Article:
“If there is a connection between what we’re interested in and what the Koch Foundation wants to fund or what any other foundation wants to fund that’s great,” Otteson said. “But from the institute’s perspective we have no particular ideological agenda or litmus test.”
Otteson and university officials all maintained that safeguards ensure that the center is appropriate to the university’s needs, remains non-ideaological in nature, and pursues non-interested and trustworthy academic work.
The EI has a declaration of research independence on its website that states that it is “committed to the highest standards of academic quality and credibility for our research.”
Petersen stated that it is typical for those that initiate a contact for a gift are close to the donors.
“I think when some people have seen that they’ve assumed ‘oh, well he’s in their pocket’. You know there is a belief that he can’t have the integrity or the freedom because he’s so close to those folks,” he said.
“If he were a puppet, there would be a whole lot of stuff that has been funded that wouldn’t have been funded,” said Walldorf. “There’s been an openness to funding things, generally, that don’t fit within the Koch mission.”
“Were we concerned about Jim’s relationship with Koch?” Petersen continued. “No, not at all.”
Even so, others see problems nonetheless.
Although the faculty senate’s recommendation that the school not accept the money was not followed back in 2016, some members have remained vigilant about the Eudaimonia Institute since the Charles Koch Foundation money was accepted.
The faculty senate submitted new guidelines regarding gift acceptance in March 2019 to be reviewed by the university. They involve including faculty more in the gift acceptance process.
All of this has taken place in the midst of an ever divisive and polarized political environment.
The donation was accepted in the midst of the 2016 election, and some think that the concerns surrounding the donation are a symptom of the times.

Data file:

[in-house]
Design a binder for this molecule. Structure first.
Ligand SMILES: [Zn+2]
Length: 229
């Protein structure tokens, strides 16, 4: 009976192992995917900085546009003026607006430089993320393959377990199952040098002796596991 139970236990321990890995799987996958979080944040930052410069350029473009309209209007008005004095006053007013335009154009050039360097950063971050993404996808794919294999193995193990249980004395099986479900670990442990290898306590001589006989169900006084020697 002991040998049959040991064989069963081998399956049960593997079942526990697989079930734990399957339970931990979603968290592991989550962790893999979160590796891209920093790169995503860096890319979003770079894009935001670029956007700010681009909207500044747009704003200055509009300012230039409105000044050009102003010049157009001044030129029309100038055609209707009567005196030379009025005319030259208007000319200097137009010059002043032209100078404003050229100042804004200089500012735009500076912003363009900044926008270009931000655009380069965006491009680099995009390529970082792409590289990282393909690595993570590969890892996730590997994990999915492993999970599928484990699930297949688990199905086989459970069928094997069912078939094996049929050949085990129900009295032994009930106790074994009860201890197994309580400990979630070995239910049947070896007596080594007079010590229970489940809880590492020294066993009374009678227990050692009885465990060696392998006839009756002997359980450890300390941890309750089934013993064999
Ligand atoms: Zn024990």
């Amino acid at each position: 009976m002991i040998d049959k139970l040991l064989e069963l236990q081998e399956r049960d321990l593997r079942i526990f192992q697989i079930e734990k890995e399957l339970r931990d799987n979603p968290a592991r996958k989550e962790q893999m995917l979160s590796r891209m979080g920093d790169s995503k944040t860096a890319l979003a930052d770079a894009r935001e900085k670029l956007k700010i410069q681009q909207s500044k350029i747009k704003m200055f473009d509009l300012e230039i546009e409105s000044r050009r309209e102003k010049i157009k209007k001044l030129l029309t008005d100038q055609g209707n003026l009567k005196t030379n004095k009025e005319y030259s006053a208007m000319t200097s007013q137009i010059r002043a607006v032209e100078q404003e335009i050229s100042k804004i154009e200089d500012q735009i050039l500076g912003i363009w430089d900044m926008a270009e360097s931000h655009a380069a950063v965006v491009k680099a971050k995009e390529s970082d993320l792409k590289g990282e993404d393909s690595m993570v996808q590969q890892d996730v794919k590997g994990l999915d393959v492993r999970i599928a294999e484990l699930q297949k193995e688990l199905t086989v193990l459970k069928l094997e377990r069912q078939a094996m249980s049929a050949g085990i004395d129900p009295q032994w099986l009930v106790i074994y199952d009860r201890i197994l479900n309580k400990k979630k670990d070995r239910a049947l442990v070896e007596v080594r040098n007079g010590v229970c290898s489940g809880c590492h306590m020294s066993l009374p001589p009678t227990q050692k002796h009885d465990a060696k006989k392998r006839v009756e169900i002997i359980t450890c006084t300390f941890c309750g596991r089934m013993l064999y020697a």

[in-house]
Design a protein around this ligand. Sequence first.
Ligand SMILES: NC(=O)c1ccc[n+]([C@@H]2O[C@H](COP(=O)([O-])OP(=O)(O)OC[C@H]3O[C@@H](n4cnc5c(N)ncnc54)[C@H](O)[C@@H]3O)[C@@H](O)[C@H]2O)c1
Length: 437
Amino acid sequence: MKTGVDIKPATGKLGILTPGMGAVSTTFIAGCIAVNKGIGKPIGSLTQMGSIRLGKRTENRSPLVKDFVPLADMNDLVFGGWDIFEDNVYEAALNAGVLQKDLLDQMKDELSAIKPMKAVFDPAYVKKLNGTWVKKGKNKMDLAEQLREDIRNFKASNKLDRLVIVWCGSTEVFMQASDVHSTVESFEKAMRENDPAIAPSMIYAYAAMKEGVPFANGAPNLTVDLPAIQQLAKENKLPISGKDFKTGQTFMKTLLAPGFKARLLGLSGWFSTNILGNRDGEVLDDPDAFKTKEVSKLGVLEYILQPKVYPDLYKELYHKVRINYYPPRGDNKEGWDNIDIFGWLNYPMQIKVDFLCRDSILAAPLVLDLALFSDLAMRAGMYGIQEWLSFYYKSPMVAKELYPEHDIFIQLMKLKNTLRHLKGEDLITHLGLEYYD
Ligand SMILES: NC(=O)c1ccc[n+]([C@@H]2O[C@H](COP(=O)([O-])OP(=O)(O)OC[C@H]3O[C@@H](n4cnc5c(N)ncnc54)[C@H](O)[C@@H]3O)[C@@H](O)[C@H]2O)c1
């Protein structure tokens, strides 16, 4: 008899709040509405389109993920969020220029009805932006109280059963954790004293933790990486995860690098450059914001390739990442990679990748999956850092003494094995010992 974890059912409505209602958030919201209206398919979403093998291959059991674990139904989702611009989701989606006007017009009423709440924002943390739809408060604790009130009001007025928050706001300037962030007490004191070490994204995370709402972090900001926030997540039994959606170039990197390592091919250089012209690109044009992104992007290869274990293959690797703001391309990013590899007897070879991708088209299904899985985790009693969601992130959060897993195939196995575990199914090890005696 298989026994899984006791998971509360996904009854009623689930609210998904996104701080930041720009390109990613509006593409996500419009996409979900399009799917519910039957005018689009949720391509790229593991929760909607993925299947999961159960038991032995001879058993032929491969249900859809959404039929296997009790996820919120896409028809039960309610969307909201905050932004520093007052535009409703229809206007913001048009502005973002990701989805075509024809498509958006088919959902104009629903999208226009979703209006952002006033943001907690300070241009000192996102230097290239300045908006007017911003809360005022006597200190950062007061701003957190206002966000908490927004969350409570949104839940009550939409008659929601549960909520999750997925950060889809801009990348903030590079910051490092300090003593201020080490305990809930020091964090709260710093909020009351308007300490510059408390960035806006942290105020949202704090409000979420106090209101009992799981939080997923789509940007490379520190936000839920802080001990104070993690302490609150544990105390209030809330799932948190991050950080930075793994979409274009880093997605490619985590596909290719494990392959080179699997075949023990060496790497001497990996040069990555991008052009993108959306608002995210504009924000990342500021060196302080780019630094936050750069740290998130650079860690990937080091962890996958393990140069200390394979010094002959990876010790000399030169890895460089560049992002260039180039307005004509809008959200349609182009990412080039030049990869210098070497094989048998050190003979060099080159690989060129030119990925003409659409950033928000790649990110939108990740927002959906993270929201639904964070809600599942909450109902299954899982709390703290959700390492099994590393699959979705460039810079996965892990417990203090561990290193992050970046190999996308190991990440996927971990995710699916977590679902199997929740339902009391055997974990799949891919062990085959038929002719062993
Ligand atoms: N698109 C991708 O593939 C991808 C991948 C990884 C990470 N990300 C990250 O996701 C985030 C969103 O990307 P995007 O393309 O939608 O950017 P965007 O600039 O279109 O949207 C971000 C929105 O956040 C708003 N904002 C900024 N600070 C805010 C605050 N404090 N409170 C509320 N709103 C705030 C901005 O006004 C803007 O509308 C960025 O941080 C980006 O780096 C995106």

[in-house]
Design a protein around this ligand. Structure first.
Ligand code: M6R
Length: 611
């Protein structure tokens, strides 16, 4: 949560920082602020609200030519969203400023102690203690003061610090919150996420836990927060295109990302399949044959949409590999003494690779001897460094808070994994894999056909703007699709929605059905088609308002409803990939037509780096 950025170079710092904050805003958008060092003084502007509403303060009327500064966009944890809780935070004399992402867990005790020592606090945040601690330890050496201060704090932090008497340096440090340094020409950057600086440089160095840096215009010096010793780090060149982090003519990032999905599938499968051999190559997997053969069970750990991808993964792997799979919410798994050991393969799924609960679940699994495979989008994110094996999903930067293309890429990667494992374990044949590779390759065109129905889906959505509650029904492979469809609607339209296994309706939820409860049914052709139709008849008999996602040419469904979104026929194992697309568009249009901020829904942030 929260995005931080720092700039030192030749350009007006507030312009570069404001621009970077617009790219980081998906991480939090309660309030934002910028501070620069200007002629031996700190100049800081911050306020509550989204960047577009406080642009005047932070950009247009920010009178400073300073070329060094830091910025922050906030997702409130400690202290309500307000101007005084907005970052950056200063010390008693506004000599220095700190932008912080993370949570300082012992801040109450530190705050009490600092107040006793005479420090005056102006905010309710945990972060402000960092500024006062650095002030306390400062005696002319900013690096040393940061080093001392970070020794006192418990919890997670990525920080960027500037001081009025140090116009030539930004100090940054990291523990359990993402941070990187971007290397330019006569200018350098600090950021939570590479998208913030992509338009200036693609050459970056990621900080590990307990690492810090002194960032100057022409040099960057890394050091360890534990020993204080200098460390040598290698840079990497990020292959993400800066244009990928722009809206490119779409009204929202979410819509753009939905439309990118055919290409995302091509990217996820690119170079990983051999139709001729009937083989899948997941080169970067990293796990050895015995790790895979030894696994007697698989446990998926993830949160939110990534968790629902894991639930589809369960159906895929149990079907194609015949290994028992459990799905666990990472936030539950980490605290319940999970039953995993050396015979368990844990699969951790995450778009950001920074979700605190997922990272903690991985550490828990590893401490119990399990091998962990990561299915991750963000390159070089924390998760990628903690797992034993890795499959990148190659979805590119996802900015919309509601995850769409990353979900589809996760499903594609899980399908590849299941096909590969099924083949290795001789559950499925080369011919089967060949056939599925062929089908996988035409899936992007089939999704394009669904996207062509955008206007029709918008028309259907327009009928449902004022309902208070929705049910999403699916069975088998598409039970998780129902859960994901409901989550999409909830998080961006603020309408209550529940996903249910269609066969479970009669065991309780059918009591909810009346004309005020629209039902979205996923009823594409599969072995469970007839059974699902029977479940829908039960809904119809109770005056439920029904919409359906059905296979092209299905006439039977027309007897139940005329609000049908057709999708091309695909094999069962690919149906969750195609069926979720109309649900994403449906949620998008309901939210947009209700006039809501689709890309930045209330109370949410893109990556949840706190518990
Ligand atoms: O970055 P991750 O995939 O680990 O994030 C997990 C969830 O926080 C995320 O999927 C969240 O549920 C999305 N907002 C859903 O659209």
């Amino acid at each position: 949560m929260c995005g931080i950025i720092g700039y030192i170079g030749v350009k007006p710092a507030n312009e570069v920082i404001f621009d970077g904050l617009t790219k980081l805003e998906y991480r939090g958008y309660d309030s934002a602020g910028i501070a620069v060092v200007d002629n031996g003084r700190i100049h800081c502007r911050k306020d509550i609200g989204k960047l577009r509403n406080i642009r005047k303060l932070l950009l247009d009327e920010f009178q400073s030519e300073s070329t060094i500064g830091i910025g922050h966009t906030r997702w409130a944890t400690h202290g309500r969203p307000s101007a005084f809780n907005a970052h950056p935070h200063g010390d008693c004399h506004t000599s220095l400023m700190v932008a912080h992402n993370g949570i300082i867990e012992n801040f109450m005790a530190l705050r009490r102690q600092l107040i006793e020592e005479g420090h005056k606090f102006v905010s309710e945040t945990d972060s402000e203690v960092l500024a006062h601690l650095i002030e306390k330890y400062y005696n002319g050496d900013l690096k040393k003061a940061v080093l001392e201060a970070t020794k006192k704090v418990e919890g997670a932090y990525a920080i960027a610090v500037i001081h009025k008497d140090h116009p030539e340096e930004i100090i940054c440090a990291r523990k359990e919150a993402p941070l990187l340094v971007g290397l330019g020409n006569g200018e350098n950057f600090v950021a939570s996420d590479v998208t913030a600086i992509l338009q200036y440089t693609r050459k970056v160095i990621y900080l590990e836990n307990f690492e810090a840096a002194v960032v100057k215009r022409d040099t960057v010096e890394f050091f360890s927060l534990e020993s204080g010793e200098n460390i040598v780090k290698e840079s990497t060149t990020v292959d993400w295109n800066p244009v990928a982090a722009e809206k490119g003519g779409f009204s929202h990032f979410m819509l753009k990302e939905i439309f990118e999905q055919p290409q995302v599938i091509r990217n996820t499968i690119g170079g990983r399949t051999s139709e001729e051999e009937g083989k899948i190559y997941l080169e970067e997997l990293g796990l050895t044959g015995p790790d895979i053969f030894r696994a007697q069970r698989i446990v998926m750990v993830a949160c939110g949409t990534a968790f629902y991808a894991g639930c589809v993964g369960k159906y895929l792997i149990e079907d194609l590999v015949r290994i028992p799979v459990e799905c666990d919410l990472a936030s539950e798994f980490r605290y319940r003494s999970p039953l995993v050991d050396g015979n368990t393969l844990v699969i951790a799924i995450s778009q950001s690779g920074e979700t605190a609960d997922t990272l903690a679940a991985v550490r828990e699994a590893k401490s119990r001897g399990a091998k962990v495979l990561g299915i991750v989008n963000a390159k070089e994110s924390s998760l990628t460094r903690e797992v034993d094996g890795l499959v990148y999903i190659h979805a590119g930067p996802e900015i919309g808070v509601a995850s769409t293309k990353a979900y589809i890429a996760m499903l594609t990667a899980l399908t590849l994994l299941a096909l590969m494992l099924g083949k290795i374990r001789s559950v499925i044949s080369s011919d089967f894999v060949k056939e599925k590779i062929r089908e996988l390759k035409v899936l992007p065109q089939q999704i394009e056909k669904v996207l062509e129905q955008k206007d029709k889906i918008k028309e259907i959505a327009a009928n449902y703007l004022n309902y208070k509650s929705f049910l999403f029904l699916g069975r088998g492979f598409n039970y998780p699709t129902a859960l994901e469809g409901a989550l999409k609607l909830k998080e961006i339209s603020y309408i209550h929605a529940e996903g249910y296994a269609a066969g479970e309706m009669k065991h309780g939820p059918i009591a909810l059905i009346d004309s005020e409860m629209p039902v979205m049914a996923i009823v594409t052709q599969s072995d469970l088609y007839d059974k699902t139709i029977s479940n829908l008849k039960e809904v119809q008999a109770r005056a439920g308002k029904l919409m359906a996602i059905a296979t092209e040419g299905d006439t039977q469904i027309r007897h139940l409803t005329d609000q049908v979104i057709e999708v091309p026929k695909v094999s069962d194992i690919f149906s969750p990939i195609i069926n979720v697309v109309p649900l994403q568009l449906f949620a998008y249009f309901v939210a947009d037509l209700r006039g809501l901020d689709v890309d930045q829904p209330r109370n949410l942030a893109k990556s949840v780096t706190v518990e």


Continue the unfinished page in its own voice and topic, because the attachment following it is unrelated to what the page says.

“There are people who would be conservative who would look at the mission statements from a lot of the nation’s leading foundations and charge the exact same criticism,” said Petersen.
Others say that all donors to the university have their politics.
“Just about every funder has their own political worldview and they all have things they would like to see supported,” said Otteson. “But as a university, I think that we should not be doing is trying to look into the individual politics of everybody who gives us money.”
Those that still hold concerns maintain that the way the personal politics of the Koch brothers have intertwined with their philanthropy in the past is the root of the issue.
“Even if they might try to instill some firewalls, I do think that the universities are accepting money that looks quite different from a lot of the other money that comes to them,” said Dahill-Brown. “This is a coordinated, national campaign that’s clearly linked to a broader political campaign and funded with money that comes from antidemocratic practices and in some instances corrupt and exploitative practices.”
Ultimately, the differences in perspective on the issue have immense consequences about the purpose and integrity of the university itself, and whether politics has any place in that space or its funding.
“I’d be hard-pressed to start singling out one source of funds as ‘unworthy’ of supporting our faculty’s research and creative work,” said Kersh. “What matters most, in my view, is how we expend gifts and grants that are properly vetted: is our faculty and students’ academic freedom upheld? Do donors exercise improper influence in our utilization of those funds?”
I asked Otteson if he personally agreed with the Koch brother’s views.
“I just don’t think about it, and I think from the perspective of the institute itself, it’s very important that we don’t think about it,” he said. “That’s not what we do, we’re not a political institute. We’re an educational institution, so we want to let the chips fall where they may.”
For those with concerns, the history of the Koch brothers is the point.
“The university is about a vigorous debate that pushes good thinking by our students and good thinking by our faculty,” said Walldorf. “If the university just becomes another bullhorn in the political battles that we have in the world and in our country, then it loses its relevance.”
Natalie Alms is a senior Politics & International Affairs major at Wake Forest University.
The views expressed in this article are those of the writer. The Contemporary takes no position on matters of policy or opinion